One thing that every candidate for Fremont City Council seems to agree on is that the key to paying for better services, like more cops, is more economic development. Only Bob Wieckowski is bold enough to defend 2006’s failed Utility Tax.
But can any city really expect economic growth when the economy is tanking and credit is tight? I asked Steven Cohen, economist for the Center for Continuing Study of the California Economy in Palo Alto, about whether Fremont could generate the kind of economic growth that could pay for new cops.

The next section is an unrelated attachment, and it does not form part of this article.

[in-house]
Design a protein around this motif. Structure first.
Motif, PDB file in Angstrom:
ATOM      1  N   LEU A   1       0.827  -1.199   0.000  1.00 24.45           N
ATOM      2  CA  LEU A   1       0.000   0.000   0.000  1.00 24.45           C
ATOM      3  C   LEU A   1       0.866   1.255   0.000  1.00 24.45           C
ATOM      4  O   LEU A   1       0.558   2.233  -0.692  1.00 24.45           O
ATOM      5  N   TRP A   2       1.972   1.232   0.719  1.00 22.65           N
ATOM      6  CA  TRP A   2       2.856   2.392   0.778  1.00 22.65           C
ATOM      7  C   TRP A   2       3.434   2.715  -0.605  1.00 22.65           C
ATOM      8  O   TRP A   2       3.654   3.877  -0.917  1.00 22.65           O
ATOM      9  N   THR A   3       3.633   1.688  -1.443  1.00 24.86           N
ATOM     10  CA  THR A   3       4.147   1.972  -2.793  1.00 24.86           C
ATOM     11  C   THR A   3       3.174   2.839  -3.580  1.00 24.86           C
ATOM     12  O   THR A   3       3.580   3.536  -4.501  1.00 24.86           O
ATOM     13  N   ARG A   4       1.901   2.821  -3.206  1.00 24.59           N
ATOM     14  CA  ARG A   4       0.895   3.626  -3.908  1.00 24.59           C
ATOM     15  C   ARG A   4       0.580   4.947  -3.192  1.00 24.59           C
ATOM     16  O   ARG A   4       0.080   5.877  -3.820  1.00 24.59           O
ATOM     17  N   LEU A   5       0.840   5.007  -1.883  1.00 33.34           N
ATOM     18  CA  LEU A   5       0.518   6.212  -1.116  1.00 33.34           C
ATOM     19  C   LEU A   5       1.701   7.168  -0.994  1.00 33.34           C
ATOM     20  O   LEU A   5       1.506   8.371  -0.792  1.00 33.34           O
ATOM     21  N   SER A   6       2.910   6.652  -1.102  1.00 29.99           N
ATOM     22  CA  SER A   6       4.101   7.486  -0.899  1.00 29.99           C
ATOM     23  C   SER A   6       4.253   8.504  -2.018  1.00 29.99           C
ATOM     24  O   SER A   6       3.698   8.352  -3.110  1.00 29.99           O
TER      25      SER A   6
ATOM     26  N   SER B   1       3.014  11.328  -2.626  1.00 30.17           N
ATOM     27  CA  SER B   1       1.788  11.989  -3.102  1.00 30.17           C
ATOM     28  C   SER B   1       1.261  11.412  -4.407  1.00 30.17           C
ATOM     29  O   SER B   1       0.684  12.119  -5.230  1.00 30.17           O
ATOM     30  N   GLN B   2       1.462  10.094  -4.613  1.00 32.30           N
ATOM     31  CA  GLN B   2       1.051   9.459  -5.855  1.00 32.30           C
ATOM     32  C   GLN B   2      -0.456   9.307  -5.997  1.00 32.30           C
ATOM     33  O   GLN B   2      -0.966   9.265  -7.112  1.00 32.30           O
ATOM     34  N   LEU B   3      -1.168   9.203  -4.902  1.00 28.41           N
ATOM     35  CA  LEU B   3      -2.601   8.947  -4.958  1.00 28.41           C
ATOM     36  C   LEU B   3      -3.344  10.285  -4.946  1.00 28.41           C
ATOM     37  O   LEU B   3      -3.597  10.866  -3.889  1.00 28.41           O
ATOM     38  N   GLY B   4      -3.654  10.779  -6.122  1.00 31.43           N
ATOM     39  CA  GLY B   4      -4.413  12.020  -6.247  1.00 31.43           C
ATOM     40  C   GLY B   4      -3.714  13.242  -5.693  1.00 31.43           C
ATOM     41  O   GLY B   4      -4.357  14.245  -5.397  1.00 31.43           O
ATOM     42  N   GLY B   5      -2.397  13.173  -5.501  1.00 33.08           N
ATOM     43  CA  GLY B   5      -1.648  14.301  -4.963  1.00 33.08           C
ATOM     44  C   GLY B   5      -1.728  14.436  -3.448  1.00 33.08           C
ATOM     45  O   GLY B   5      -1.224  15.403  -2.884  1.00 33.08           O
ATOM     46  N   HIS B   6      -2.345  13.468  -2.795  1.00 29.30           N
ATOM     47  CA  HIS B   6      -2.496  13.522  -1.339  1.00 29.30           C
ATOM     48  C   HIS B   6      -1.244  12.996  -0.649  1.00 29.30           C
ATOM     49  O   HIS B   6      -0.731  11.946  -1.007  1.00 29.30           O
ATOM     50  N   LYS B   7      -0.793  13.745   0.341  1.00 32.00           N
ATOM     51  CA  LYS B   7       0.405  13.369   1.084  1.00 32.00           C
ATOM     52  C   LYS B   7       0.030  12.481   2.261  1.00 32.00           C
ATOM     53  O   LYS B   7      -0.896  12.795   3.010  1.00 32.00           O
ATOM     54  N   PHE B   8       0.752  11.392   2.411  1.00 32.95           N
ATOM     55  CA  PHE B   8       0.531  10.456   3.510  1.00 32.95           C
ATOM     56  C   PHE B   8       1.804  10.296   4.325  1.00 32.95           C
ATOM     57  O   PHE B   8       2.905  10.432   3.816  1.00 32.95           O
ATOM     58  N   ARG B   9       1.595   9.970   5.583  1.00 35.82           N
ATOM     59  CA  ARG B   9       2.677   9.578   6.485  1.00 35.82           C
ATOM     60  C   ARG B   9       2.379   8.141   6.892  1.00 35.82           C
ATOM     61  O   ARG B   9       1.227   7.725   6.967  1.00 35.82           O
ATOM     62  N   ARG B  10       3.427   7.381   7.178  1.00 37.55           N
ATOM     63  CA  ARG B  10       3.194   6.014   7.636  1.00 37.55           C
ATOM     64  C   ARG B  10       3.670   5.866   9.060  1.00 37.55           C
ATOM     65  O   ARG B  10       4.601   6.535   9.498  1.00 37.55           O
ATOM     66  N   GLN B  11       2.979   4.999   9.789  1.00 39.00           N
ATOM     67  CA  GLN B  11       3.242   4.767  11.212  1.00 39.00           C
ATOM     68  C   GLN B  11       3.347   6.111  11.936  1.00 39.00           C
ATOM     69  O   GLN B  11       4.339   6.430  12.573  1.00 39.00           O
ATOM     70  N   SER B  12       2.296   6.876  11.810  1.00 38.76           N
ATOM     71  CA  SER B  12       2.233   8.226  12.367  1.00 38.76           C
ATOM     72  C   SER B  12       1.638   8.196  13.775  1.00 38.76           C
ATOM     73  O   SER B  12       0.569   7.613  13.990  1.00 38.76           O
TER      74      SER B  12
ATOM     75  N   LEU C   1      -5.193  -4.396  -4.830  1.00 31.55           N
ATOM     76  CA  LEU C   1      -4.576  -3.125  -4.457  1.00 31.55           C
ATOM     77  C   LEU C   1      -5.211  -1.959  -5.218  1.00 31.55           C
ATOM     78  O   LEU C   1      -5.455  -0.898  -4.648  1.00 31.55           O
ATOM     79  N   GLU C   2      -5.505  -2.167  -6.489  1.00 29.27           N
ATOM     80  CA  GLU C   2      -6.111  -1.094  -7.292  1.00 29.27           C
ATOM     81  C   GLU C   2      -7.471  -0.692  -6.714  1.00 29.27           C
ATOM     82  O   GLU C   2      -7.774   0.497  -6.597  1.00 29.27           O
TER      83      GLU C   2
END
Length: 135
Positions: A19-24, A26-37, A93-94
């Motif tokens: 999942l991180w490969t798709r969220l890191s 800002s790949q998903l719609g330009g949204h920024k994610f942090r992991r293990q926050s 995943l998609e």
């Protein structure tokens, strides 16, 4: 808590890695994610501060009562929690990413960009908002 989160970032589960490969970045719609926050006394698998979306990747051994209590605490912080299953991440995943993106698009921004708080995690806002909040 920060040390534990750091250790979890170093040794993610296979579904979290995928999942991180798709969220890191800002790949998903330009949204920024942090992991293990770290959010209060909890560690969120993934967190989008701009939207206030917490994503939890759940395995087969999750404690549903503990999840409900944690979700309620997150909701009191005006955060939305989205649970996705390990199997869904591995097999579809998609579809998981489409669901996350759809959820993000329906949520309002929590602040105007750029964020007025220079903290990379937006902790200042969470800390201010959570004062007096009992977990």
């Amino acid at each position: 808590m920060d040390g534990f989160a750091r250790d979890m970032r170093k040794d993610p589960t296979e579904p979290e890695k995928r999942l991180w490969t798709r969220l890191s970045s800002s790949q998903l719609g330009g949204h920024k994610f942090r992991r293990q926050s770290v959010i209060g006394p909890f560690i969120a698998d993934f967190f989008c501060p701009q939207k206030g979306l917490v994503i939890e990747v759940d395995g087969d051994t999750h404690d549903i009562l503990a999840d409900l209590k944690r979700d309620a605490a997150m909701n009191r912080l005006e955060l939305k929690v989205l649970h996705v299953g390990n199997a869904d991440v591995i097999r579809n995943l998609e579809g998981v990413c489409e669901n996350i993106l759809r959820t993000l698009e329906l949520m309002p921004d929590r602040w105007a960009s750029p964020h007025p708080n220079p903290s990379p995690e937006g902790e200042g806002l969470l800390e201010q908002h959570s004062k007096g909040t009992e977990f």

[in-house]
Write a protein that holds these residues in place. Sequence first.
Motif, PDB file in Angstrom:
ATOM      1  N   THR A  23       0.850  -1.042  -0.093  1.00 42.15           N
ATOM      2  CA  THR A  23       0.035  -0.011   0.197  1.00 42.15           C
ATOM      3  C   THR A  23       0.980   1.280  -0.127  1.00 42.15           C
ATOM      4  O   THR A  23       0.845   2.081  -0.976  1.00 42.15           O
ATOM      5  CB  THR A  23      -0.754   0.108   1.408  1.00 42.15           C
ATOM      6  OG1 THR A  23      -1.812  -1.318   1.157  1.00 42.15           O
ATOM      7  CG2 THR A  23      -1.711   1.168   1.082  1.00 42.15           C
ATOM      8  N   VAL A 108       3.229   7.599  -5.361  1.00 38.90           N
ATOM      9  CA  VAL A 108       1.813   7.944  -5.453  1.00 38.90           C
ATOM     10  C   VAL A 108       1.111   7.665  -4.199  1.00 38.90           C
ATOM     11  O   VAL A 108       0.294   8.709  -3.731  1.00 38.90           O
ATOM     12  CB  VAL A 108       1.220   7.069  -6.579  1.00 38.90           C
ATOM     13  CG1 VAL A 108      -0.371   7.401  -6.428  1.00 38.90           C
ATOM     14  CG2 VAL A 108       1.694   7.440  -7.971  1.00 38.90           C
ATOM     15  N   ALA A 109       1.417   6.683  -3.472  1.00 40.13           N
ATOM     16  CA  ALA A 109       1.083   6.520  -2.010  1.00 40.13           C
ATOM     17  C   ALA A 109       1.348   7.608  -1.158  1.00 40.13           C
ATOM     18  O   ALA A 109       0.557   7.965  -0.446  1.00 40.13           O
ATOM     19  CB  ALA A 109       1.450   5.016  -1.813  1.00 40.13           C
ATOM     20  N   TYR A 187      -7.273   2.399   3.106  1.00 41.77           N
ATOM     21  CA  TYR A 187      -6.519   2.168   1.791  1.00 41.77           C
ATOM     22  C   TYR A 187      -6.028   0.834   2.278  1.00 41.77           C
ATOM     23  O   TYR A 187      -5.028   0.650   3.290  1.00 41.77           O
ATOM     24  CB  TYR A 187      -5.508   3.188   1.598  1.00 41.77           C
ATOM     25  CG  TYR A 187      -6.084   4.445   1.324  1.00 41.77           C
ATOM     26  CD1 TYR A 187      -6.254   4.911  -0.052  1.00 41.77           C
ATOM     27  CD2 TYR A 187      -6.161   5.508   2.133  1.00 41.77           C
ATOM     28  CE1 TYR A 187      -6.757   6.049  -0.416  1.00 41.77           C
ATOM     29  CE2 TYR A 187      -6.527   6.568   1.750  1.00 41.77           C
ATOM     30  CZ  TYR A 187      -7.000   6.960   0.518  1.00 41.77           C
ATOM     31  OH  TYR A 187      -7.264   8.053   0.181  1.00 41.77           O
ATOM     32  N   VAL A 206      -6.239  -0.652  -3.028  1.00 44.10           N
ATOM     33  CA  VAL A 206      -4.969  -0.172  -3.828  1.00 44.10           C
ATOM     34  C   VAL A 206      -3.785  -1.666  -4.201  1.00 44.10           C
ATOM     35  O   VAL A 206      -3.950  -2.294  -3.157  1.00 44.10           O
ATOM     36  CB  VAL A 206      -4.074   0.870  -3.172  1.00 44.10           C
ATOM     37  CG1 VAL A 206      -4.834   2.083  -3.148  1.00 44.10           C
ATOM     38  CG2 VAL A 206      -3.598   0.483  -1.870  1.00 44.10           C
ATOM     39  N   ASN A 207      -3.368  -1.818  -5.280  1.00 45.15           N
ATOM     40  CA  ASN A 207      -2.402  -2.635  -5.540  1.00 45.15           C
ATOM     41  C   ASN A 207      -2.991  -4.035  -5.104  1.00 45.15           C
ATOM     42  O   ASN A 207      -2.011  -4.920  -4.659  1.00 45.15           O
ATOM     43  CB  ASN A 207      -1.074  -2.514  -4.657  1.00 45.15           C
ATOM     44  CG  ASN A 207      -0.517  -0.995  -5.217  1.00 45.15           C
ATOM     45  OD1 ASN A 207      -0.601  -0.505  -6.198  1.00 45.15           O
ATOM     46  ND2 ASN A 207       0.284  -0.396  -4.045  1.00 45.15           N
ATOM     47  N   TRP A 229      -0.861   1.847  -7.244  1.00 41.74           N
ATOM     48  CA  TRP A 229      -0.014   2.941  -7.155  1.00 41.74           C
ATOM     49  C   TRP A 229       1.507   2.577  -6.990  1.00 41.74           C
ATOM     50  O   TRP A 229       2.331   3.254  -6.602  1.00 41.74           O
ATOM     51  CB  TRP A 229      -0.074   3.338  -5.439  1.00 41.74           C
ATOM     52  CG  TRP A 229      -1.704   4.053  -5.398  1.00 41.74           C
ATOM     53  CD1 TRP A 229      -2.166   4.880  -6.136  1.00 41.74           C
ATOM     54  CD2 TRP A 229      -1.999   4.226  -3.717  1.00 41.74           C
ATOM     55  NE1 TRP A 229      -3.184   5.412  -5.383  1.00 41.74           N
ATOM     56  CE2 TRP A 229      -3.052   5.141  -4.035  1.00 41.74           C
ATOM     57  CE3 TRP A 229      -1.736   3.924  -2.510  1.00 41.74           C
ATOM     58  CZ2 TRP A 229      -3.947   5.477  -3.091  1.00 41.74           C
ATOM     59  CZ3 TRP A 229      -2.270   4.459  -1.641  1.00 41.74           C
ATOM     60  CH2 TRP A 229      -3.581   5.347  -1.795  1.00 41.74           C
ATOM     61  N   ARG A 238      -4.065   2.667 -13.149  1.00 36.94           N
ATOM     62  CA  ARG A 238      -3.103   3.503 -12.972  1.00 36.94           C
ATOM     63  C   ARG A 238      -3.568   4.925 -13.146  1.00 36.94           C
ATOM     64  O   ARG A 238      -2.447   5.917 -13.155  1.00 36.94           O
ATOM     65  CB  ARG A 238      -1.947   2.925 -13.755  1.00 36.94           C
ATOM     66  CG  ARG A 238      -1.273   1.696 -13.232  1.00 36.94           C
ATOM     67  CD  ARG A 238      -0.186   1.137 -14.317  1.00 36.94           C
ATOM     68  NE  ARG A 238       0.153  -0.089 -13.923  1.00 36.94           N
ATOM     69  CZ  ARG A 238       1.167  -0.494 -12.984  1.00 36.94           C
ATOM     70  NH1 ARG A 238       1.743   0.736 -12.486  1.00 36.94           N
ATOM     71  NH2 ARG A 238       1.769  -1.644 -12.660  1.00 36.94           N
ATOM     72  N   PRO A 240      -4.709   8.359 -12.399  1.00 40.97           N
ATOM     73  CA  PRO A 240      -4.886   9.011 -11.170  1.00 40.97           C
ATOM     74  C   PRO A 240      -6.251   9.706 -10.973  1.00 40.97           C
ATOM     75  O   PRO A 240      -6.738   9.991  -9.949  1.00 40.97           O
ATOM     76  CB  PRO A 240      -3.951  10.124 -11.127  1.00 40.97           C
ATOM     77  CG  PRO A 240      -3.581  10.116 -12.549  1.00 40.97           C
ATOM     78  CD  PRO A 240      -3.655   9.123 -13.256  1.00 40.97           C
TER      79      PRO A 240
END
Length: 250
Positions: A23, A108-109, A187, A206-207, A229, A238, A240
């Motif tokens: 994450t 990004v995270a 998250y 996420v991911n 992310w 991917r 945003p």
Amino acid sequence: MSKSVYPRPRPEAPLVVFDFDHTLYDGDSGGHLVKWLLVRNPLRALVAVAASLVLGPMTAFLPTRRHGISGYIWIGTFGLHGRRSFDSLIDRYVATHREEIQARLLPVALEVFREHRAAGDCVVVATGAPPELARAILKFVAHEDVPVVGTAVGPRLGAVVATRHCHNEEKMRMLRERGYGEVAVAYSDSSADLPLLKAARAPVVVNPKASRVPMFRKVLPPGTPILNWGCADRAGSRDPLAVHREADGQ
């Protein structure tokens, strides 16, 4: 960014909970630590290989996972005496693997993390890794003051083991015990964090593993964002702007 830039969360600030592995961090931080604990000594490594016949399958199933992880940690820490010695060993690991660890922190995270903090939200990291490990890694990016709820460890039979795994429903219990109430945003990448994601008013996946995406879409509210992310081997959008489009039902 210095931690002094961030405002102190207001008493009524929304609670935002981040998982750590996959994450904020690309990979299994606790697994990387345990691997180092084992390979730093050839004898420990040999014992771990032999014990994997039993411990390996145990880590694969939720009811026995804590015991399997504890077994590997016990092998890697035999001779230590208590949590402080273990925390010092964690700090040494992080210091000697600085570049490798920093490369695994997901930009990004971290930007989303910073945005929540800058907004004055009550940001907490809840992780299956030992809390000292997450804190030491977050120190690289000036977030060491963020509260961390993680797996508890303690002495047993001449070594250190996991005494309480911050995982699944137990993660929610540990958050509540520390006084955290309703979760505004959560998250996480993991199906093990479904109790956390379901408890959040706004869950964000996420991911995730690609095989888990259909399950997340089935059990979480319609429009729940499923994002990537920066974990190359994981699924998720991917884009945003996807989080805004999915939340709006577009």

“Nothing in the way of what are loosely called economic development policies are going to help any cities’ budget in the next year or two or three,” he said.
Fremont is well-positioned to eventually attract companies, but it will face competition, he added.
“The idea that one city such as Fremont would dominate is (questionable). But even if they were successful, it’s not going to solve the budget problems facing them this year, next year or in 2010.”